Save and close the file. In this next step, you'll modify the /var/www/html/contacts.php file to use the new Validator class. Please note that you can extend the rules in this class depending on your application's demands. For instance, you can add new logic to check currency values, such as restricting negative numbers.

Create the New Validator Class

First, delete the old /var/www/html/contacts.php file.

sudo rm /var/www/html/contacts.php

Then, open the file again using nano.

sudo nano /var/www/html/contacts.php

Enter the information below to the /var/www/html/contacts.php file.

<?php

header("Content-Type: text/html");

try {

   $db_name     = 'sample_db';
   $db_user     = 'test_user';
   $db_password = 'EXAMPLE_PASSWORD';
   $db_host     = 'localhost';

   $pdo = new PDO('mysql:host=' . $db_host . '; dbname=' . $db_name, $db_user, $db_password);
   $pdo->setAttribute(PDO::ATTR_ERRMODE, PDO::ERRMODE_EXCEPTION);

   require_once 'Validator.php';

   $validator = new Validator();
   $validation_rules = [
                       'first_name' => 'required|alphanumeric',
                       'last_name'  => 'required|alphanumeric',
                       'phone'      => 'required|phone',
                       'email'      => 'required|email',
                       ];

   $error = $validator->validate($_POST, $validation_rules);

   if ($error != ''){
       echo "Validation failed, plese review the following errors:\n" . $error. "\n";
       exit();
   }


   $sql = 'insert into contacts
          (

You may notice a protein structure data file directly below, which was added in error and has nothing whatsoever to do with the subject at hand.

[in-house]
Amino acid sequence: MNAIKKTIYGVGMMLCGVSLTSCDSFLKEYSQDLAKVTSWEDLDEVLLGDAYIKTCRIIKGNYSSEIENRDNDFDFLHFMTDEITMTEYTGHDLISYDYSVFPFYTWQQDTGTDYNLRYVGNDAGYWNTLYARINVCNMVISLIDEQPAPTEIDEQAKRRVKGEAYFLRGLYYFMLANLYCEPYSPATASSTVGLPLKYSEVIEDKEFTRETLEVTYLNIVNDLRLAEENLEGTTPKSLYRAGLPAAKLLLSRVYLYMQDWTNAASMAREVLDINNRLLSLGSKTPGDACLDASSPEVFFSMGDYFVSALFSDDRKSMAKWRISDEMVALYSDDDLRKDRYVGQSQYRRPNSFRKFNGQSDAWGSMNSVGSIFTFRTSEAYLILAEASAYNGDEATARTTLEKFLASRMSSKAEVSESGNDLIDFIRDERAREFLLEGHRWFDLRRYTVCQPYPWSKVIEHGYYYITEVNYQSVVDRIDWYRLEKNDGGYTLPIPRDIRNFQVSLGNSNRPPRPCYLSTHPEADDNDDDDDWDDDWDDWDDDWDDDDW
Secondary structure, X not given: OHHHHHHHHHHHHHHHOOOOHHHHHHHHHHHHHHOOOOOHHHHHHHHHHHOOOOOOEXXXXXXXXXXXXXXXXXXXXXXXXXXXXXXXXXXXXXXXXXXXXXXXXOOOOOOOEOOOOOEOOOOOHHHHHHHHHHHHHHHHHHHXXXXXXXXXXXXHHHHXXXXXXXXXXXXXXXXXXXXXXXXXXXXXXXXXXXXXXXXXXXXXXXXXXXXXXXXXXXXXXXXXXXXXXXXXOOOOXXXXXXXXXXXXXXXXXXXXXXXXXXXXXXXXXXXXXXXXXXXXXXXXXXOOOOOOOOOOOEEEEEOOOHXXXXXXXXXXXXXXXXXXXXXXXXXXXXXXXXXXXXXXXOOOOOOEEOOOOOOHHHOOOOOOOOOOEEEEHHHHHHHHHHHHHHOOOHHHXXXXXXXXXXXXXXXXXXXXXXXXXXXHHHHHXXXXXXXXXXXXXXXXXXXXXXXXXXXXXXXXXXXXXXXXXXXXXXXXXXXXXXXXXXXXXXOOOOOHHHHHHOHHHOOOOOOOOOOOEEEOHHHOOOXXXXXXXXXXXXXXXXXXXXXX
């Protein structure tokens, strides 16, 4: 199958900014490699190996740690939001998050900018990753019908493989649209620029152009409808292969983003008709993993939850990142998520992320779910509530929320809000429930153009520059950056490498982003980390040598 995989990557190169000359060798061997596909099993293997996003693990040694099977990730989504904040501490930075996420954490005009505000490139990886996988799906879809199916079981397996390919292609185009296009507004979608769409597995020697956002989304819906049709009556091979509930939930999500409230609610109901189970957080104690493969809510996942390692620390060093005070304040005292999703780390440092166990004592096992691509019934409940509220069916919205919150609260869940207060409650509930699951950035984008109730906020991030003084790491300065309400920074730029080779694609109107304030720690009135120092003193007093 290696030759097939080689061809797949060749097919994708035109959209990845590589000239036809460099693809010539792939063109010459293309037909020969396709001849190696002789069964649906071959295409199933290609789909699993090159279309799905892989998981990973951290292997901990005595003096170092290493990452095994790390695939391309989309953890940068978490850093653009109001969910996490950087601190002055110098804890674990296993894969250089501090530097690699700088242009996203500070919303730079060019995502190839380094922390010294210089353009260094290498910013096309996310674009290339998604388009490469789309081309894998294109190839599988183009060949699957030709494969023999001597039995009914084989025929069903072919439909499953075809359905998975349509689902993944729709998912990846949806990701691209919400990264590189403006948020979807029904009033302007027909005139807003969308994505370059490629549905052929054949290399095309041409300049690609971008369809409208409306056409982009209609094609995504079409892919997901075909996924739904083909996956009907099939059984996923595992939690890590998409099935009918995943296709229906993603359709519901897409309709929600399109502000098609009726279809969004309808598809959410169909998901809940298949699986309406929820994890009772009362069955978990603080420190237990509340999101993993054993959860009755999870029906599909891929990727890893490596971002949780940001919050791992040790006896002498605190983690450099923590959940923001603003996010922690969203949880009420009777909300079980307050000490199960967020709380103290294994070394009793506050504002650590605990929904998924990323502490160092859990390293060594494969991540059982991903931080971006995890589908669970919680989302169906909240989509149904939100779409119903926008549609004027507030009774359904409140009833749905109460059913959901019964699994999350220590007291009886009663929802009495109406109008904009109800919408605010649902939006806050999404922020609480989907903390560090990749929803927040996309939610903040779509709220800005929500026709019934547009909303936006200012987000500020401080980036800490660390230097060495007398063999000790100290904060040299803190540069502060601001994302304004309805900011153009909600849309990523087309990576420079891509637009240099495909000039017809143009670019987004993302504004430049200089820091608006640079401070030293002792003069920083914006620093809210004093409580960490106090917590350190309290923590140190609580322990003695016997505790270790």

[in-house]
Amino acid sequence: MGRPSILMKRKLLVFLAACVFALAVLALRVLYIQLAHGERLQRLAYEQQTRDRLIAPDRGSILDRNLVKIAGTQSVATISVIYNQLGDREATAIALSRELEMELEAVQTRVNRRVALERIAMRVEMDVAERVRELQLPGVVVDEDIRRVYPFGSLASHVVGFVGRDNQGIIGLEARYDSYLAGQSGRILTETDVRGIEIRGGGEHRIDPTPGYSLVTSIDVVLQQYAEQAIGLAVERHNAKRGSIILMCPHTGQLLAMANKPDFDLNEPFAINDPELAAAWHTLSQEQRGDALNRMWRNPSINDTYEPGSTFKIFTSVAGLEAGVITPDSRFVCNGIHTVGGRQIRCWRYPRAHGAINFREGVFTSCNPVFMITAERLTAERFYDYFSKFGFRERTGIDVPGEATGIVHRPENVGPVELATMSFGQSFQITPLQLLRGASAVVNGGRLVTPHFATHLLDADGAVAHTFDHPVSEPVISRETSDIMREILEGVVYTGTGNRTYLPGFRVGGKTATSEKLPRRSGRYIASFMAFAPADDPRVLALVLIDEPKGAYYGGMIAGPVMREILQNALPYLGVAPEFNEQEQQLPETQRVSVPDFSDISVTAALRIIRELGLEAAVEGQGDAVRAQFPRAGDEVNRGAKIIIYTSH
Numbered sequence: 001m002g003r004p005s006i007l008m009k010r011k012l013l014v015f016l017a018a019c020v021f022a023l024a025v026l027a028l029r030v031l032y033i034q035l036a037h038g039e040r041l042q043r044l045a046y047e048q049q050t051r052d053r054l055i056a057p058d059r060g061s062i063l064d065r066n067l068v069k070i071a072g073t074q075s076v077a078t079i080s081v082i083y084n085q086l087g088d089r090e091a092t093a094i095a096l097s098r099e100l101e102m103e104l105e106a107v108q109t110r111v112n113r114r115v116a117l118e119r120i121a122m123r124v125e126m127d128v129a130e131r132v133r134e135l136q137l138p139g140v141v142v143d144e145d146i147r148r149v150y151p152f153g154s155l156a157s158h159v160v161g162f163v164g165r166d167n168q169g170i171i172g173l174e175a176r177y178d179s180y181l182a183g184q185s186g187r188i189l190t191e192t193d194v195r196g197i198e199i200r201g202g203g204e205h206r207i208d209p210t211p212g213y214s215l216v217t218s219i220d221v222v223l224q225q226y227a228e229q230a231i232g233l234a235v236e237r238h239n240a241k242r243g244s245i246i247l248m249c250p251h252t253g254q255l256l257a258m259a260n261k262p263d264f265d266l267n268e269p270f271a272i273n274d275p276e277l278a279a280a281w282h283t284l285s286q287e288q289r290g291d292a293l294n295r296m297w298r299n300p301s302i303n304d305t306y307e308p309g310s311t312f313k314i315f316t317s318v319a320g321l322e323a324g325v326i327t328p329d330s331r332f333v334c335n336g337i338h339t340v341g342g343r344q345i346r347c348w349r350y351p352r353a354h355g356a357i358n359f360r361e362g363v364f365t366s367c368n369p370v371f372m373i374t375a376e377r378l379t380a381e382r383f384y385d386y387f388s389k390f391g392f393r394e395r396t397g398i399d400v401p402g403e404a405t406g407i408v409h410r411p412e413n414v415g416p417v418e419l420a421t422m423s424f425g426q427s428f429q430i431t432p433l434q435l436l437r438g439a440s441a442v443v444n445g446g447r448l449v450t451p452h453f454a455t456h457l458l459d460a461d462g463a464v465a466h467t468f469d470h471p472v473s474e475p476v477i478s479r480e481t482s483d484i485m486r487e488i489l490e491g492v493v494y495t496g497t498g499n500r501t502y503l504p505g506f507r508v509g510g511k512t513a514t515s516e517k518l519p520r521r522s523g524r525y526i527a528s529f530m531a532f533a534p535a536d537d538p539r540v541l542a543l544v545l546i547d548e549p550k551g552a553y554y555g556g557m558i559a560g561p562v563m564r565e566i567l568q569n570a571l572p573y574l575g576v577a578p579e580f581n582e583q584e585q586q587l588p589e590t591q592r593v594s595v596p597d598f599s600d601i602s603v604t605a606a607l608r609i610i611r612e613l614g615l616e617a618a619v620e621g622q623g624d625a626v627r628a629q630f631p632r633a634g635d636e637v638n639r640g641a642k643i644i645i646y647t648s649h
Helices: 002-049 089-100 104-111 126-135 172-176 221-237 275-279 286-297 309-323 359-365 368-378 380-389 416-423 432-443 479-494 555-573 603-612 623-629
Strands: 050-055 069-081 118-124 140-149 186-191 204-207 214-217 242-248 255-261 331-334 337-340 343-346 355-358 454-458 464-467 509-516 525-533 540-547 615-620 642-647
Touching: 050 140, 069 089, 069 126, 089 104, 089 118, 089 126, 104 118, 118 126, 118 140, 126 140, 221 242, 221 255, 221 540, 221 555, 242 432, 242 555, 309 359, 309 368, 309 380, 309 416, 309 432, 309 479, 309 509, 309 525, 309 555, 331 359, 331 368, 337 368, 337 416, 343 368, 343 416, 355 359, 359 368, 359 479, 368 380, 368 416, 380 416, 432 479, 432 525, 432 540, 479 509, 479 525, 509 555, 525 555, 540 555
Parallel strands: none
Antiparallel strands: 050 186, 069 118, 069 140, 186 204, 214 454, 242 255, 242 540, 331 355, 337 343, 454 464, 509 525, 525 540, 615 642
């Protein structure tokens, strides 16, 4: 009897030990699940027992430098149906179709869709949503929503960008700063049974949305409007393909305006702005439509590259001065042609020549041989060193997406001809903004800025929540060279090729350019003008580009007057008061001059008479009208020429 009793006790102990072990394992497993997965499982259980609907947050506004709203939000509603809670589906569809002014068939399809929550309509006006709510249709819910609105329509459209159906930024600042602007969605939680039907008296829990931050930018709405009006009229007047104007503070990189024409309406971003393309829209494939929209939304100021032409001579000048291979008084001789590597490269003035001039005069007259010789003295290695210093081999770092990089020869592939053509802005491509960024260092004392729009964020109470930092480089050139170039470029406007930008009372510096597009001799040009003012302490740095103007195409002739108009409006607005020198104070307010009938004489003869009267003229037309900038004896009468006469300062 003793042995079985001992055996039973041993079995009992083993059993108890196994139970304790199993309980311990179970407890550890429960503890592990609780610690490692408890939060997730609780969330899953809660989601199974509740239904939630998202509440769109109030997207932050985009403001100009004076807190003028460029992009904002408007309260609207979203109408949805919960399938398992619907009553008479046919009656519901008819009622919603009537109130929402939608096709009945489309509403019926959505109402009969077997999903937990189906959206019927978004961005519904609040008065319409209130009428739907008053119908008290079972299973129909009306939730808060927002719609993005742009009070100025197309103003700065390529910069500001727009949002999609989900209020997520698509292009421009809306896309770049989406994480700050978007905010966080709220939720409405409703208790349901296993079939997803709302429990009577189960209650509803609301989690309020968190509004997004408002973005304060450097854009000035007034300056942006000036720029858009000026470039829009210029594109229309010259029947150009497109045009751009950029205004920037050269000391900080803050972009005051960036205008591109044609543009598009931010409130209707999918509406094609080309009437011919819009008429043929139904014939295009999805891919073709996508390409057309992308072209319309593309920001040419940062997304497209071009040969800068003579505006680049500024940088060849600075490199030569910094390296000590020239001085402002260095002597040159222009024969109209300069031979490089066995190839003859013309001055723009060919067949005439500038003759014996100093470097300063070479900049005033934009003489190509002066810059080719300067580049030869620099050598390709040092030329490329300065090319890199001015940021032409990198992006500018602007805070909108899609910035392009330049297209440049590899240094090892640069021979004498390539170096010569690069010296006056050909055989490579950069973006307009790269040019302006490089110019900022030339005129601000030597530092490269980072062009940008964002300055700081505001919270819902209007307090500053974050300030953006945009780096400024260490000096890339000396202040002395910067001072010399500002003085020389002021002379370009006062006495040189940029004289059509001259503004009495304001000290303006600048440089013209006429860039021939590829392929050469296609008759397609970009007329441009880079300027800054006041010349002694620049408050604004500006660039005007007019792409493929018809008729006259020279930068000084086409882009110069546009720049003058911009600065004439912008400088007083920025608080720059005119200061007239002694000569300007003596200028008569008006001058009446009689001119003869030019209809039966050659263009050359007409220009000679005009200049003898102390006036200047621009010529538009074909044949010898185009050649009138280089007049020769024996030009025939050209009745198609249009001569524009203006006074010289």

first_name,
          last_name,
          phone,
          email
          )
          values
          (
          :first_name,
          :last_name,
          :phone,
          :email
          )
          ';

   $data = [
           'first_name' => $_POST['first_name'],
           'last_name'  => $_POST['last_name'],
           'phone'      => $_POST['phone'],
           'email'      => $_POST['email']
           ];

   $stmt = $pdo->prepare($sql);
   $stmt->execute($data);

   echo " The record was saved without any validation errors.\n";

   } catch (PDOException $e) {
        echo 'Database error. ' . $e->getMessage();
   }

Save and close the file. In the above file, you've replaced the procedural code with a cleaner syntax that calls the Validator class. You include the class using the PHP require_once statement and the new function.

   ...
   require_once 'Validator.php';
   $validator = new Validator();
   ...

Next, you're defining an array with the field names and their associated validations separated by the vertical bar |.

   ...
   $validation_rules = [
                       'first_name' => 'required|alphanumeric',
                       'last_name'  => 'required|alphanumeric',
                       'phone'      => 'required|phone',
                       'email'      => 'required|email',
                       ];
   ...

Next, you're calling the validate method inside the Validator class and passing the array of field names($_POST variables in this case) to be evaluated alongside the validation rules. If a validation error is encountered, you're echoing it out.